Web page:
Saturday, 7 June 2008

Euro 2008 Preview: The Group of Deja Vu

Finally, it's time to look at Group D. And a group that looks familiar. Mainly because three of the teams were in Group A together in Euro 2004. This time it's Sweden, who join Spain, Russia and holders Greece.

And we'll start with the holders. Four years on from Euro 2004, and the holders Greece come into the tournament as one of the outsiders, and are available for 50/1. The coach is still Otto Rehhagel, the two mainstays of the defence in Portugal - right back Giourkas Seitaridis and centre-half Traianos Dellas - are still there. Goalkeeper Antonios Nikopolidis, midfielders Angelos Basinas, Stelios Giannakopoulos, Giorgos Karagounis and Kostas Katsouranis and forward Angelos Charisteas are still in the squad, and they are complimented by younger squad members, but no-one really fancies them. In some ways, the win in Portugal was seen as a fluke - a win for organisation and nullification over style and technique, and the failure to qualify for the World Cup in 2006, in what looked an easier group than most seemed to emphasise the point. The system still looks like it may work though, as it's one designed to frustrate and counter-attack, and the best way to play against it, is not to attack - and in that respect, Greece probably couldn't have chosen a better group, as Spain and Sweden both look stronger going forward, leaving Greece in a position to shut up shop, and nick a goal from a corner. Greece won't retain their title this time, but they won't disgrace themselves either.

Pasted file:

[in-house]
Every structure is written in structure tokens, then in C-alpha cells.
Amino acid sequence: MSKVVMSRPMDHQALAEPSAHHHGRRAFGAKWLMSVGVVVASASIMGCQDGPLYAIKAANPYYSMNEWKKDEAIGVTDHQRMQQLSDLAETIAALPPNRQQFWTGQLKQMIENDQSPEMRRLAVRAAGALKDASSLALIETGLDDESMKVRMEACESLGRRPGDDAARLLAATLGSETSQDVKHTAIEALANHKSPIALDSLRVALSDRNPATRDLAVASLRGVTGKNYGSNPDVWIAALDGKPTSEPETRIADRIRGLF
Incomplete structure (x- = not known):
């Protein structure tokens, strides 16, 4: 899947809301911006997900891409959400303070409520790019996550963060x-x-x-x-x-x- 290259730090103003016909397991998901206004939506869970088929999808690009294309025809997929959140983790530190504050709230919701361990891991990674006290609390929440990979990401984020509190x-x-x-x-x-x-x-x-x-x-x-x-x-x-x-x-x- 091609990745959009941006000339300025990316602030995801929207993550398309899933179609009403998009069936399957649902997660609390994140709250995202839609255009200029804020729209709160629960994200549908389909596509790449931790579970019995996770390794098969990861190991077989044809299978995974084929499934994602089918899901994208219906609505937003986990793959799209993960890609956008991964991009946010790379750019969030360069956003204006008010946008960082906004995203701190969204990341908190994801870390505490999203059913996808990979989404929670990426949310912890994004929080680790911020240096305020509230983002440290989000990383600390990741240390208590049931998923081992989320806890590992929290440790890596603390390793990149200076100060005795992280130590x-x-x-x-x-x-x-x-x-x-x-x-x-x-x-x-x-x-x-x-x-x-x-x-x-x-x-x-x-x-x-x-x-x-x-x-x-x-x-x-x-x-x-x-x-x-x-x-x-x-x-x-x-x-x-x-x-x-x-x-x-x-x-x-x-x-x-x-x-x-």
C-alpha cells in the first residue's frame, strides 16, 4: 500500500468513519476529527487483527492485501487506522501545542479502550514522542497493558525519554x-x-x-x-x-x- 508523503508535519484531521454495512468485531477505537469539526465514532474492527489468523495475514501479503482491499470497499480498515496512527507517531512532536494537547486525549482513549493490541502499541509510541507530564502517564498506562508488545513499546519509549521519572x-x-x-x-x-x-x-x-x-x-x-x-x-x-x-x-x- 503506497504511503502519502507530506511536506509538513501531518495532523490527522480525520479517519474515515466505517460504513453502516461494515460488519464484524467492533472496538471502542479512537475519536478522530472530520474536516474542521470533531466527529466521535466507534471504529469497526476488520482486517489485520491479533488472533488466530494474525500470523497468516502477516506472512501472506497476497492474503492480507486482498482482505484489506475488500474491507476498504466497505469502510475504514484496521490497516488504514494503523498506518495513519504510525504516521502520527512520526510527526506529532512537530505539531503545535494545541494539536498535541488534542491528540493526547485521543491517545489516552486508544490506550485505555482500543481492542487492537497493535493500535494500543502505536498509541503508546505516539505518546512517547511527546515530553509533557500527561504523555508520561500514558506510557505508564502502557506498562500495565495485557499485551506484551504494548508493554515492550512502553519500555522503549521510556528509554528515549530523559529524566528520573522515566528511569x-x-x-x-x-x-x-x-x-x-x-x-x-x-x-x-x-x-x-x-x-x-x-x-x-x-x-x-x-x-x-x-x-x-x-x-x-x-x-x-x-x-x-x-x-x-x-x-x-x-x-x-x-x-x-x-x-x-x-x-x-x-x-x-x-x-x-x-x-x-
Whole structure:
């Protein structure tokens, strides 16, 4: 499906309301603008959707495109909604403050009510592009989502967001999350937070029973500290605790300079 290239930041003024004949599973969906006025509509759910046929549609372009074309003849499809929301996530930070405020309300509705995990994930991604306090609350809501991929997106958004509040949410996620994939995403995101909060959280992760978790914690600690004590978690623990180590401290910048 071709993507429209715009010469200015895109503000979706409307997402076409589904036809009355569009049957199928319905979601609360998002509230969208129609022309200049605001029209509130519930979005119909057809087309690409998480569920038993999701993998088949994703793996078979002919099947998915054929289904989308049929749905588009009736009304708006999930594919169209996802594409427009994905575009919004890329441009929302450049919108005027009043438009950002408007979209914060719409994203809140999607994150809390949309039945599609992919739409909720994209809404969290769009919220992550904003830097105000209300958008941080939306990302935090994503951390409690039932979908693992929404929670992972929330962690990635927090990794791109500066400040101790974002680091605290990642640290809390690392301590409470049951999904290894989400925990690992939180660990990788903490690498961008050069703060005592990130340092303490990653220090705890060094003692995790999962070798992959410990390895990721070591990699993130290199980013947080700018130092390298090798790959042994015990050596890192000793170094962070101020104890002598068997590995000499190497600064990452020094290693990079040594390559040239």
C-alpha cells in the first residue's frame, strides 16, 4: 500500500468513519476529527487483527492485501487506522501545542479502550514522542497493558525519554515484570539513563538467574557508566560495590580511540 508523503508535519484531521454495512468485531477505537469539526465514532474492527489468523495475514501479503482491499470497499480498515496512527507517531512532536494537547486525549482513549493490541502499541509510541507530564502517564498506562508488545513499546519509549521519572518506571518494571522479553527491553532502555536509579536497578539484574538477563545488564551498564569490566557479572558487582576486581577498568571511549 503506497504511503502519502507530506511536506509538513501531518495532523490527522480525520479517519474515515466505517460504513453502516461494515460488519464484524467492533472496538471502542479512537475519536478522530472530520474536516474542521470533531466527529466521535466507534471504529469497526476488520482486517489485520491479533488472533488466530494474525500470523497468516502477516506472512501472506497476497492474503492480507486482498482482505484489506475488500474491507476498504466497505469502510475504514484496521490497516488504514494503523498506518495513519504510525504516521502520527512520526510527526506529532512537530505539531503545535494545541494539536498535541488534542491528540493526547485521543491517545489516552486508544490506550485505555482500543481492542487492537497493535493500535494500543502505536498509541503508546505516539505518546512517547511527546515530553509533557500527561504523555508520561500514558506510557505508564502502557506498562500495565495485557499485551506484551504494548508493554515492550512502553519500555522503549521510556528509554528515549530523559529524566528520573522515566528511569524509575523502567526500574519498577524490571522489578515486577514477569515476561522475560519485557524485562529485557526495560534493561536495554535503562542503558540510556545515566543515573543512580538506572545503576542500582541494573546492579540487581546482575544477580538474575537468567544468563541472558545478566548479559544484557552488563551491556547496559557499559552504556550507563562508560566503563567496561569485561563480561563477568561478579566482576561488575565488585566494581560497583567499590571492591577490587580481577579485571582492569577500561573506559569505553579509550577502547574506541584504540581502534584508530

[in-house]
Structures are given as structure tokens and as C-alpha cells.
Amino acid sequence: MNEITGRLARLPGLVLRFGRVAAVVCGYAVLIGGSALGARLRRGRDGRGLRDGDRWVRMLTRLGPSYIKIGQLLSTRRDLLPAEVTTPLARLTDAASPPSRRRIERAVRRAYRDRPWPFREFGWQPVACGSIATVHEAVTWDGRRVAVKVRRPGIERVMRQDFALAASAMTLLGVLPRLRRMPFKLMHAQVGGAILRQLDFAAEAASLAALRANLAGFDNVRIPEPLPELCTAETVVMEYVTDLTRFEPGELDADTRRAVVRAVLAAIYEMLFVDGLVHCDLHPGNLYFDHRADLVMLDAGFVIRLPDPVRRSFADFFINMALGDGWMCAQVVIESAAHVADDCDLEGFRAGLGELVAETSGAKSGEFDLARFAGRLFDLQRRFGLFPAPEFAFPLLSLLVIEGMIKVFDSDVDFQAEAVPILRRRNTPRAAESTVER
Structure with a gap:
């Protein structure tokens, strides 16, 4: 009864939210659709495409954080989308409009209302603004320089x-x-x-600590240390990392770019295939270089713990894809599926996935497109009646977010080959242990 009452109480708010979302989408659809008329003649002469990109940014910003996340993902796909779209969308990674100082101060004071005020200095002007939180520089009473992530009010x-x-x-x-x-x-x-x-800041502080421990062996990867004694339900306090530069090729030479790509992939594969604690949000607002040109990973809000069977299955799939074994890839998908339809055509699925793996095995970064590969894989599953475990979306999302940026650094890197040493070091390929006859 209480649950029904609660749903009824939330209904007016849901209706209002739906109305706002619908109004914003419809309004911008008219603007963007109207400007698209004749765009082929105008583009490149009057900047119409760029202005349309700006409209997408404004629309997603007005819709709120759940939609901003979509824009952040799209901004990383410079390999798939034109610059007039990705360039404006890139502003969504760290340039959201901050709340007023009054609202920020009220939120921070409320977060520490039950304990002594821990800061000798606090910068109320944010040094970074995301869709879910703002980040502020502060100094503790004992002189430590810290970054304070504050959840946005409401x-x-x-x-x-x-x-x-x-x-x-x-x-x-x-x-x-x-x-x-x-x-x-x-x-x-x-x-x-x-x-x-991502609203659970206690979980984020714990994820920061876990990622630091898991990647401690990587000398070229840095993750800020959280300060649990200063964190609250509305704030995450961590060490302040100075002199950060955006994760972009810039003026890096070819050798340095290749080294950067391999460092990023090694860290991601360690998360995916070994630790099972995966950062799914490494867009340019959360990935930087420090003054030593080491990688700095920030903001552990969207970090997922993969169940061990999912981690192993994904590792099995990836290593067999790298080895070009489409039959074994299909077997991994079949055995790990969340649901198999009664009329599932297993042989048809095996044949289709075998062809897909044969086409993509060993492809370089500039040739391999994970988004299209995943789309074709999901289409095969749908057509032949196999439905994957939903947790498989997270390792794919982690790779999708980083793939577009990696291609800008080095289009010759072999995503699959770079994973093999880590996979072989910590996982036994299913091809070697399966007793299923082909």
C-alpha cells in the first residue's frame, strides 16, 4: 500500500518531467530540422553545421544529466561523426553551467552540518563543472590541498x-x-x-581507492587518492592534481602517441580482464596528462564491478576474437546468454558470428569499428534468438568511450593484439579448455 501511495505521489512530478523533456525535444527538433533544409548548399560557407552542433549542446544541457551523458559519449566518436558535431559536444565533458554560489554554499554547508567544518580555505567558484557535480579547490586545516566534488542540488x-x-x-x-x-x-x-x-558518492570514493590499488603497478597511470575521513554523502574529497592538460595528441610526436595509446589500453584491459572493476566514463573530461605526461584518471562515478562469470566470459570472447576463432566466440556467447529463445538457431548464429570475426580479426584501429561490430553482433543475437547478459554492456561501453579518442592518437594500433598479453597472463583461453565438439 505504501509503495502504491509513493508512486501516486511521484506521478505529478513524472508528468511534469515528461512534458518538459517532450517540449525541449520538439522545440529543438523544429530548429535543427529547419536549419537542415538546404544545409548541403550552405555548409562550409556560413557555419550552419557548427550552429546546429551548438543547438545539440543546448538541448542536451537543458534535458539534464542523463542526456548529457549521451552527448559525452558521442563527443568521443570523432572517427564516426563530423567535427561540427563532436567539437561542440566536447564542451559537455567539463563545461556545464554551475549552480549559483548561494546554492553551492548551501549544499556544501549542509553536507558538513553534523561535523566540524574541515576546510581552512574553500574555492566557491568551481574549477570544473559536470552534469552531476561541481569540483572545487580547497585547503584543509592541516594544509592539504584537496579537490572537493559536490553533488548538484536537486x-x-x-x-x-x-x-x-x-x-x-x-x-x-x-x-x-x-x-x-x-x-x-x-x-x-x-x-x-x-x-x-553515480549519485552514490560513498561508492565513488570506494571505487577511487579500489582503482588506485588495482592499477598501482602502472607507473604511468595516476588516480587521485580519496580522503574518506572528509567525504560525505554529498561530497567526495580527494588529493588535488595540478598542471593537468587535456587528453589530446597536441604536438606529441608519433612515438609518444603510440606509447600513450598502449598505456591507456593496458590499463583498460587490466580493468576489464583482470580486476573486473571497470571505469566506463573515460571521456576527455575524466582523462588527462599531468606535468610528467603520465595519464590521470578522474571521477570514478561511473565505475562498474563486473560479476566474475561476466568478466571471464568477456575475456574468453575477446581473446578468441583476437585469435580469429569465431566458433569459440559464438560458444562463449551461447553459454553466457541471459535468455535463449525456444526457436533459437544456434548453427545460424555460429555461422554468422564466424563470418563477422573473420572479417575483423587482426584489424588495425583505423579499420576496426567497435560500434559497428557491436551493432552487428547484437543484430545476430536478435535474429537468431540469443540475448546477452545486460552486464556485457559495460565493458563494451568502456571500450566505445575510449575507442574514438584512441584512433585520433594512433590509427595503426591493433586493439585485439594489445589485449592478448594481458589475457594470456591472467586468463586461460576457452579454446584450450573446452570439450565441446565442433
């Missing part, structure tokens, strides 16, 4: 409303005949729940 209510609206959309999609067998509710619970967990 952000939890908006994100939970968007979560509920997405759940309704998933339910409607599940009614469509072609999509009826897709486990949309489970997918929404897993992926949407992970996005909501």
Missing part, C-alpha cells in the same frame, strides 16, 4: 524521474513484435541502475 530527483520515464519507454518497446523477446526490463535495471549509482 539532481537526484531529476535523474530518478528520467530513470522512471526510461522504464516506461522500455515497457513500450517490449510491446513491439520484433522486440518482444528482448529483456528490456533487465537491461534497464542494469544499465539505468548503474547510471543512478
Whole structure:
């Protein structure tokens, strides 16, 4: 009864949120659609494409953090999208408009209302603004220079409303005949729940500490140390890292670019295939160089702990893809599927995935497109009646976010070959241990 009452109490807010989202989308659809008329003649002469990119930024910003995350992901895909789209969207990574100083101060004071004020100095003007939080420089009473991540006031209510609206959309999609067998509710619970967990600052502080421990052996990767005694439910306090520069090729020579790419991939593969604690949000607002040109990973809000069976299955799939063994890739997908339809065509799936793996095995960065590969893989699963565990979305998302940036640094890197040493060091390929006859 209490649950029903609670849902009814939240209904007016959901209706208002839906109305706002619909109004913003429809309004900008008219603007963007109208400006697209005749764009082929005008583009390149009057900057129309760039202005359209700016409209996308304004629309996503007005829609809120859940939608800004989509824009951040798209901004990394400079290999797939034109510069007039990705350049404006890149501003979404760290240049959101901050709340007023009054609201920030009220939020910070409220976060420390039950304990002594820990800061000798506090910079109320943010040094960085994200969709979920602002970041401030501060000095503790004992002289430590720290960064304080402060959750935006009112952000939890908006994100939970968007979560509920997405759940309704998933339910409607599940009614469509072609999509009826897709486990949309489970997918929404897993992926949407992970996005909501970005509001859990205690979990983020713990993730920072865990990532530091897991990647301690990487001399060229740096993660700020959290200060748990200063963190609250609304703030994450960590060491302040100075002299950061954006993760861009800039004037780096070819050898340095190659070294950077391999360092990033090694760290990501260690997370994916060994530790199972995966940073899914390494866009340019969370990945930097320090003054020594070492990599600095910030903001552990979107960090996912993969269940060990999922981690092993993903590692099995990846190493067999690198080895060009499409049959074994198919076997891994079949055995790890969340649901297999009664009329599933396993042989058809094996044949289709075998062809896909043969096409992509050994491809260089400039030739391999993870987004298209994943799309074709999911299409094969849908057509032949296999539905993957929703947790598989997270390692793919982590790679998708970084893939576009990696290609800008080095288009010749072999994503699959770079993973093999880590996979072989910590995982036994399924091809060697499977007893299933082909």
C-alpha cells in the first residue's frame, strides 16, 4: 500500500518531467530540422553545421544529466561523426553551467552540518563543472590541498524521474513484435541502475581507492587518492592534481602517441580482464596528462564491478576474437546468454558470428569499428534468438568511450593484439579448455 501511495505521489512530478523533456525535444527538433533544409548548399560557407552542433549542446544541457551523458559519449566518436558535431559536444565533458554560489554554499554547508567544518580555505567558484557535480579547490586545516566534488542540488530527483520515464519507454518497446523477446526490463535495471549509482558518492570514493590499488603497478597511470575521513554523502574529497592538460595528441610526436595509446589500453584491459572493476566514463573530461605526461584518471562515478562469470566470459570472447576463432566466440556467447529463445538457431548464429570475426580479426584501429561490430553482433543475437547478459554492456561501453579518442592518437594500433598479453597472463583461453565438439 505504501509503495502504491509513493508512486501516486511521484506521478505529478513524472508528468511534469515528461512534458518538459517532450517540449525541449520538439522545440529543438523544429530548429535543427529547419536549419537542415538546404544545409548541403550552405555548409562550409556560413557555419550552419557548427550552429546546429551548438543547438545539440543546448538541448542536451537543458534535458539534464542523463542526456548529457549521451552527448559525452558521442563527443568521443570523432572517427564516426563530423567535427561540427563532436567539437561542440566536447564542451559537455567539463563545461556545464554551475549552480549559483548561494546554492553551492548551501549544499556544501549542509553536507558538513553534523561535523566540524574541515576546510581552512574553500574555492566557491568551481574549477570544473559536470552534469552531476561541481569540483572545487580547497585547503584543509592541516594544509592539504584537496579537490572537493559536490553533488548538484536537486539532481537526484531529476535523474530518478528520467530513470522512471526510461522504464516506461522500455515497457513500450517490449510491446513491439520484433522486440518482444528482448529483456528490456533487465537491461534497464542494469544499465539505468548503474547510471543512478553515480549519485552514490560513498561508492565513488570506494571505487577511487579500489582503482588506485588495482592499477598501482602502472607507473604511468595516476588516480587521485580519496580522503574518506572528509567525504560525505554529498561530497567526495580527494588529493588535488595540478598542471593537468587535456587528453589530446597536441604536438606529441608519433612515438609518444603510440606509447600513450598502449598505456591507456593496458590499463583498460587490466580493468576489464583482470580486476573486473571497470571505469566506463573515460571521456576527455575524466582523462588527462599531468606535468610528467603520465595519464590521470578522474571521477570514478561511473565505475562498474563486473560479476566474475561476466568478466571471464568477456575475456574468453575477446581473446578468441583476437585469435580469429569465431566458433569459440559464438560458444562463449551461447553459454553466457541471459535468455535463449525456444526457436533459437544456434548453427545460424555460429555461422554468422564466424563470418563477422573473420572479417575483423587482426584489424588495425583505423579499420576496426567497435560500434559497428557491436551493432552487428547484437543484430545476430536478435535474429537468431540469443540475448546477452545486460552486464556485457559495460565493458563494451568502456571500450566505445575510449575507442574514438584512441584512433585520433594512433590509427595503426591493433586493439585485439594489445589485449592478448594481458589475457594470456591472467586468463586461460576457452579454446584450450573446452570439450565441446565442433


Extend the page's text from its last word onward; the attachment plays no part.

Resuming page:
One to watch: Giourkas Seitaridis was arguably the player of the tournament in Portugal. A right back who defends, and also started most of Greece's counter-attacks.

One for the future: 22 year old Vasilis Torosidis is a wing back in the Setiaridis mould, and has also attracted interest from the Premiership.

Greece's first opponents are Sweden.
And they arrive with an ageing squad, spearheaded by 36 year old Henrik Larsson, and nine other players in their thirties. As such, they could well find that some of their players don't make the distance after a long season. It also doesn't bode too well for future campaigns. Defensively, only Mikael Dorsin, Fredrik Stoor and Andreas Granqvist are under 30, and have just 20 caps between them, so experience is a problem, should they be needed against pacier opposition. The midfield is slightly younger, as while Christian Wilhelmsson and Kim Kallstrom have been part of the squad for a long time (over fifty caps each), both are in their mid-twenties. Up front are their best hopes - Larsson and Allback have always produced at this level, Zlatan Ibrahimovic shouldn't need any introduction and Johan Elmander has a goal almost every three games. But, the rest of the squad only give the impression that the Swedes will be back home before the postcards.

One to watch: Like I say, Zlatan Ibrahimovic needs no introduction, in terms of either his genius or his petulance.

One for the future: Sebastian Larsson showed glimpses last season as to why Arsene Wenger may have been hasty in letting him go so early.